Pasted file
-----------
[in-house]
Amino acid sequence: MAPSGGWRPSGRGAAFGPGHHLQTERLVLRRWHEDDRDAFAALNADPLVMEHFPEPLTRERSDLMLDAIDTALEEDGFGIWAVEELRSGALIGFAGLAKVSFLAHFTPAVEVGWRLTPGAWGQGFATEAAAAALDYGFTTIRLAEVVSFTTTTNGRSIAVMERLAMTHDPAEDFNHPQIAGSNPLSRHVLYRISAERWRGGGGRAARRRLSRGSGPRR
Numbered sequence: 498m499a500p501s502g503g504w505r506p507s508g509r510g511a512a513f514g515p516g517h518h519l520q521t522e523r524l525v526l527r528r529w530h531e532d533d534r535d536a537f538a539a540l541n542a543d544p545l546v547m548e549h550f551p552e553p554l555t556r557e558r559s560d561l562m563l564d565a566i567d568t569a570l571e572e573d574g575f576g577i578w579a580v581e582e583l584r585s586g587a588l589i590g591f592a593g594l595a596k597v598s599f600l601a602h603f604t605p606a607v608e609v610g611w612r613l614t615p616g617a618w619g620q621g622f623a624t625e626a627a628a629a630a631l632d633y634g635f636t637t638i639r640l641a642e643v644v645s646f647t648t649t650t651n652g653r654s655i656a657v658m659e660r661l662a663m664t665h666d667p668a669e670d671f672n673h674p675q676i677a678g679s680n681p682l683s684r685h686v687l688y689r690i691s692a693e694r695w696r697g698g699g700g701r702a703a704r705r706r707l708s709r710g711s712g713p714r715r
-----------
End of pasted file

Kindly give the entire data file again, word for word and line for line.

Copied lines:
[in-house]
Amino acid sequence: MAPSGGWRPSGRGAAFGPGHHLQTERLVLRRWHEDDRDAFAALNADPLVMEHFPEPLTRERSDLMLDAIDTALEEDGFGIWAVEELRSGALIGFAGLAKVSFLAHFTPAVEVGWRLTPGAWGQGFATEAAAAALDYGFTTIRLAEVVSFTTTTNGRSIAVMERLAMTHDPAEDFNHPQIAGSNPLSRHVLYRISAERWRGGGGRAARRRLSRGSGPRR
Numbered sequence: 498m499a500p501s502g503g504w505r506p507s508g509r510g511a512a513f514g515p516g517h518h519l520q521t522e523r524l525v526l527r528r529w530h531e532d533d534r535d536a537f538a539a540l541n542a543d544p545l546v547m548e549h550f551p552e553p554l555t556r557e558r559s560d561l562m563l564d565a566i567d568t569a570l571e572e573d574g575f576g577i578w579a580v581e582e583l584r585s586g587a588l589i590g591f592a593g594l595a596k597v598s599f600l601a602h603f604t605p606a607v608e609v610g611w612r613l614t615p616g617a618w619g620q621g622f623a624t625e626a627a628a629a630a631l632d633y634g635f636t637t638i639r640l641a642e643v644v645s646f647t648t649t650t651n652g653r654s655i656a657v658m659e660r661l662a663m664t665h666d667p668a669e670d671f672n673h674p675q676i677a678g679s680n681p682l683s684r685h686v687l688y689r690i691s692a693e694r695w696r697g698g699g700g701r702a703a704r705r706r707l708s709r710g711s712g713p714r715r